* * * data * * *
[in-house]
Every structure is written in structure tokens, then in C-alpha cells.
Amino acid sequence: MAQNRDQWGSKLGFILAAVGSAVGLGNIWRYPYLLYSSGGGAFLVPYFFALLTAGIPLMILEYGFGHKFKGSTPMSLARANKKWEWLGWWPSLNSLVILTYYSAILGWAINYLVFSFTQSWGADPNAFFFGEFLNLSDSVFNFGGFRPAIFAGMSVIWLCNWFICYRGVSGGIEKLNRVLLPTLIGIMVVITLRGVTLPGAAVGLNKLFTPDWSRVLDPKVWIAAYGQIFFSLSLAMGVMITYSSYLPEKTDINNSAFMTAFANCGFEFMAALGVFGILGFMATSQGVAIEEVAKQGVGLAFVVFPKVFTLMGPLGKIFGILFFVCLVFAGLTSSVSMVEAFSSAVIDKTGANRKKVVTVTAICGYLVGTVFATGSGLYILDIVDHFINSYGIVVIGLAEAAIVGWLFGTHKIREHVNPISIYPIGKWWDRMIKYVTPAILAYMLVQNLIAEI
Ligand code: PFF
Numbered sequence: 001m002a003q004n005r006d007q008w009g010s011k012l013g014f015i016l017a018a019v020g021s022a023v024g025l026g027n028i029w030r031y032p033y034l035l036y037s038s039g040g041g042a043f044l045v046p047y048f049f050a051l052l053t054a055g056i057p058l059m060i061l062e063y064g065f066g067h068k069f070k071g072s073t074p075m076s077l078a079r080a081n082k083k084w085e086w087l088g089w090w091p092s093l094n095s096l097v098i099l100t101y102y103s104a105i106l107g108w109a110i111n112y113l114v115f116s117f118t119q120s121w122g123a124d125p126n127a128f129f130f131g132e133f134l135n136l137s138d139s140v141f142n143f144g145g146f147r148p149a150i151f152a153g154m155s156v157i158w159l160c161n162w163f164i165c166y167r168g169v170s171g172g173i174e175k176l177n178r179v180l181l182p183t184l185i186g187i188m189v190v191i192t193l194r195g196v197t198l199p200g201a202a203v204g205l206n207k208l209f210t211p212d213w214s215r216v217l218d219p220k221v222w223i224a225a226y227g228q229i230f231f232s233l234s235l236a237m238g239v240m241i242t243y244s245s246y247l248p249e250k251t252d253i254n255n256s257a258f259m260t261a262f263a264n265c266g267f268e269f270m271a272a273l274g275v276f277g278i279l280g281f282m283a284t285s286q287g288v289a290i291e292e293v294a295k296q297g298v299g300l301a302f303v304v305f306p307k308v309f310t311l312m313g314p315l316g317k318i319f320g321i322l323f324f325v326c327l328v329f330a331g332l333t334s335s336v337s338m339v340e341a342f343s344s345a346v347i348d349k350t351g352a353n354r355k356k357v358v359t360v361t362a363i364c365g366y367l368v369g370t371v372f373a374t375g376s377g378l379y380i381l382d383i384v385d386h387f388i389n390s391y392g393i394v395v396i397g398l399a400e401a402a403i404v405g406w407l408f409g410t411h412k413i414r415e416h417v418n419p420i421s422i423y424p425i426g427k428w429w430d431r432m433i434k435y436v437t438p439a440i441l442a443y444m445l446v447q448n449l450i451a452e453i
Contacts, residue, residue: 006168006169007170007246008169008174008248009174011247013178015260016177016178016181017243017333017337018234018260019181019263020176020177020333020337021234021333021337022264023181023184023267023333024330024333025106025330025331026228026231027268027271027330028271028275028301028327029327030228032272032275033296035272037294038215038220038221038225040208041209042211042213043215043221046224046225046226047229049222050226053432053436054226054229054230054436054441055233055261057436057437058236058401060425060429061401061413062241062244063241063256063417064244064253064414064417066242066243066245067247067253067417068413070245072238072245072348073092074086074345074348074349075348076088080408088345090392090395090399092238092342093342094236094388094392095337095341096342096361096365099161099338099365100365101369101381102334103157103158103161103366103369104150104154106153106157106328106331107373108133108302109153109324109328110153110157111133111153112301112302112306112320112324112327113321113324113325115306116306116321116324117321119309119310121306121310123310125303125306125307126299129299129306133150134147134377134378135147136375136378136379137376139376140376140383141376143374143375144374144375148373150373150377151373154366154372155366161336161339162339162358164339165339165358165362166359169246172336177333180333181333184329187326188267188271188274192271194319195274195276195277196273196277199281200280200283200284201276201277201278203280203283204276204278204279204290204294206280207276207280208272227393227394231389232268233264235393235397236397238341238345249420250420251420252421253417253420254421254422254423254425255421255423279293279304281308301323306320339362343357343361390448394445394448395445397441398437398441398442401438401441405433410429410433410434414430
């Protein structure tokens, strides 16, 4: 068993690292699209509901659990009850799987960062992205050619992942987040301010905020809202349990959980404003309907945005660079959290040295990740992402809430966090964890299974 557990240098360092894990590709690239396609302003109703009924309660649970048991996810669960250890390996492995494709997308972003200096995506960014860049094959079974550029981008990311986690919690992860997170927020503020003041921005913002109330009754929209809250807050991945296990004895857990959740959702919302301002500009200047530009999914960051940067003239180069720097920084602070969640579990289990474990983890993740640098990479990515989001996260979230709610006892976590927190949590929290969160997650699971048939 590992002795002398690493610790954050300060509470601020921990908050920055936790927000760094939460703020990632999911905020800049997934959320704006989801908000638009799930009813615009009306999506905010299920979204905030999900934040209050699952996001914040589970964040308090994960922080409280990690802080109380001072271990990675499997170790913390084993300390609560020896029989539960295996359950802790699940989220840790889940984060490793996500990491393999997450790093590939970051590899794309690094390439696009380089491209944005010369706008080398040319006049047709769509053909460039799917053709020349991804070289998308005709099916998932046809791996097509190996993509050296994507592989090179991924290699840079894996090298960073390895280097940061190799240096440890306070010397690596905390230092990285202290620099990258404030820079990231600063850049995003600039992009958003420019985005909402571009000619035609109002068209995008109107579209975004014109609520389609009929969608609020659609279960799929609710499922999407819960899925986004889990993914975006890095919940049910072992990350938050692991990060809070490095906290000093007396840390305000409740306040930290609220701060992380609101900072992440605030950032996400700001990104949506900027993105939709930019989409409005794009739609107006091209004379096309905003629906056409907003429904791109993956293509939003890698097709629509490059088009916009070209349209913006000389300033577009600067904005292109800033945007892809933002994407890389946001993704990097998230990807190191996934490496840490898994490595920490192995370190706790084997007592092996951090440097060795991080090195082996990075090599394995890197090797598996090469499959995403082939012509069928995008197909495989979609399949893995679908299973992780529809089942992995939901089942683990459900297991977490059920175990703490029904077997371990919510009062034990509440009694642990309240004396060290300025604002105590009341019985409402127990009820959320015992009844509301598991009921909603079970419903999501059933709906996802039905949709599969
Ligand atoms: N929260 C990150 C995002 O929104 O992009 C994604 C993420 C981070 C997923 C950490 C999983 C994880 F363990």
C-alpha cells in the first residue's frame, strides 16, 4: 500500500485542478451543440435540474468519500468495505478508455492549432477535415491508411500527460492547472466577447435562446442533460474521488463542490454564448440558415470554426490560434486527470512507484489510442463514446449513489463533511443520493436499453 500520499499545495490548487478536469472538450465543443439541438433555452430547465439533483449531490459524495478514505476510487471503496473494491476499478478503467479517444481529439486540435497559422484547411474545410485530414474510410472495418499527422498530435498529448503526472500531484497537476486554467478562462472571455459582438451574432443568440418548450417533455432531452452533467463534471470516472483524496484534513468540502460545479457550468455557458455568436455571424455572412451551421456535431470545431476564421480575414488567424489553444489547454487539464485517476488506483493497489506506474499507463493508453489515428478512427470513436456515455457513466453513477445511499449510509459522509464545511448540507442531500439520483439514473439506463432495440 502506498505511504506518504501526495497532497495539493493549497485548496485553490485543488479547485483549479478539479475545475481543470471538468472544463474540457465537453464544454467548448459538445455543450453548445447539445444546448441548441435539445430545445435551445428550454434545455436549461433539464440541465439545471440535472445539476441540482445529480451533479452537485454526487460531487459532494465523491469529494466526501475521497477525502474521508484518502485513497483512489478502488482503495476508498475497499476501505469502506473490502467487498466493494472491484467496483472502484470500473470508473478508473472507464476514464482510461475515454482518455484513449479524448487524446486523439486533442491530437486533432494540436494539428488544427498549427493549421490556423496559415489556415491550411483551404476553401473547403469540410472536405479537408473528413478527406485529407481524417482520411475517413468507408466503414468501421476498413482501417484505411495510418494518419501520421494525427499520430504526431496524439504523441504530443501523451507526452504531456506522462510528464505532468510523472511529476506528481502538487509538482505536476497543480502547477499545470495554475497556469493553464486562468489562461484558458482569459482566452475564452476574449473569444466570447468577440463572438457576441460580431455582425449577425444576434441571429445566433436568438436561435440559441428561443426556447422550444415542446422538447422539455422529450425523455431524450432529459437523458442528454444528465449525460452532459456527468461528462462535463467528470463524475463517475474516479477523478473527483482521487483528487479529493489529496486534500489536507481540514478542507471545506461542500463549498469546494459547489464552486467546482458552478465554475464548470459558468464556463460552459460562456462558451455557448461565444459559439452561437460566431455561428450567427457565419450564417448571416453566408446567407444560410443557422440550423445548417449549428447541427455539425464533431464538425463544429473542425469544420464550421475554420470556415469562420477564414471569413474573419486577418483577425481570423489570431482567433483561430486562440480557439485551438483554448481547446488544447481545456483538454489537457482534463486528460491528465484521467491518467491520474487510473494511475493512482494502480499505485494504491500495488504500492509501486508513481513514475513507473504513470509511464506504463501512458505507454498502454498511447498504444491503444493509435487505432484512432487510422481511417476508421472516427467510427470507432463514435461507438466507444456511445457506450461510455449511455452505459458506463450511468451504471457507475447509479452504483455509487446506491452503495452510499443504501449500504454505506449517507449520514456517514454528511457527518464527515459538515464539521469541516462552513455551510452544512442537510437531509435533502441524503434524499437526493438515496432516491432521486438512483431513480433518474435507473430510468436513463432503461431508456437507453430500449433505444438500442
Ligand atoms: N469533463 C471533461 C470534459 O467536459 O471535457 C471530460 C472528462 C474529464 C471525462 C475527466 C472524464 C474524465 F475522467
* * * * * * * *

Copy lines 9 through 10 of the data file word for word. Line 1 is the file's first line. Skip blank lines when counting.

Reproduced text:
C-alpha cells in the first residue's frame, strides 16, 4: 500500500485542478451543440435540474468519500468495505478508455492549432477535415491508411500527460492547472466577447435562446442533460474521488463542490454564448440558415470554426490560434486527470512507484489510442463514446449513489463533511443520493436499453 500520499499545495490548487478536469472538450465543443439541438433555452430547465439533483449531490459524495478514505476510487471503496473494491476499478478503467479517444481529439486540435497559422484547411474545410485530414474510410472495418499527422498530435498529448503526472500531484497537476486554467478562462472571455459582438451574432443568440418548450417533455432531452452533467463534471470516472483524496484534513468540502460545479457550468455557458455568436455571424455572412451551421456535431470545431476564421480575414488567424489553444489547454487539464485517476488506483493497489506506474499507463493508453489515428478512427470513436456515455457513466453513477445511499449510509459522509464545511448540507442531500439520483439514473439506463432495440 502506498505511504506518504501526495497532497495539493493549497485548496485553490485543488479547485483549479478539479475545475481543470471538468472544463474540457465537453464544454467548448459538445455543450453548445447539445444546448441548441435539445430545445435551445428550454434545455436549461433539464440541465439545471440535472445539476441540482445529480451533479452537485454526487460531487459532494465523491469529494466526501475521497477525502474521508484518502485513497483512489478502488482503495476508498475497499476501505469502506473490502467487498466493494472491484467496483472502484470500473470508473478508473472507464476514464482510461475515454482518455484513449479524448487524446486523439486533442491530437486533432494540436494539428488544427498549427493549421490556423496559415489556415491550411483551404476553401473547403469540410472536405479537408473528413478527406485529407481524417482520411475517413468507408466503414468501421476498413482501417484505411495510418494518419501520421494525427499520430504526431496524439504523441504530443501523451507526452504531456506522462510528464505532468510523472511529476506528481502538487509538482505536476497543480502547477499545470495554475497556469493553464486562468489562461484558458482569459482566452475564452476574449473569444466570447468577440463572438457576441460580431455582425449577425444576434441571429445566433436568438436561435440559441428561443426556447422550444415542446422538447422539455422529450425523455431524450432529459437523458442528454444528465449525460452532459456527468461528462462535463467528470463524475463517475474516479477523478473527483482521487483528487479529493489529496486534500489536507481540514478542507471545506461542500463549498469546494459547489464552486467546482458552478465554475464548470459558468464556463460552459460562456462558451455557448461565444459559439452561437460566431455561428450567427457565419450564417448571416453566408446567407444560410443557422440550423445548417449549428447541427455539425464533431464538425463544429473542425469544420464550421475554420470556415469562420477564414471569413474573419486577418483577425481570423489570431482567433483561430486562440480557439485551438483554448481547446488544447481545456483538454489537457482534463486528460491528465484521467491518467491520474487510473494511475493512482494502480499505485494504491500495488504500492509501486508513481513514475513507473504513470509511464506504463501512458505507454498502454498511447498504444491503444493509435487505432484512432487510422481511417476508421472516427467510427470507432463514435461507438466507444456511445457506450461510455449511455452505459458506463450511468451504471457507475447509479452504483455509487446506491452503495452510499443504501449500504454505506449517507449520514456517514454528511457527518464527515459538515464539521469541516462552513455551510452544512442537510437531509435533502441524503434524499437526493438515496432516491432521486438512483431513480433518474435507473430510468436513463432503461431508456437507453430500449433505444438500442
Ligand atoms: N469533463 C471533461 C470534459 O467536459 O471535457 C471530460 C472528462 C474529464 C471525462 C475527466 C472524464 C474524465 F475522467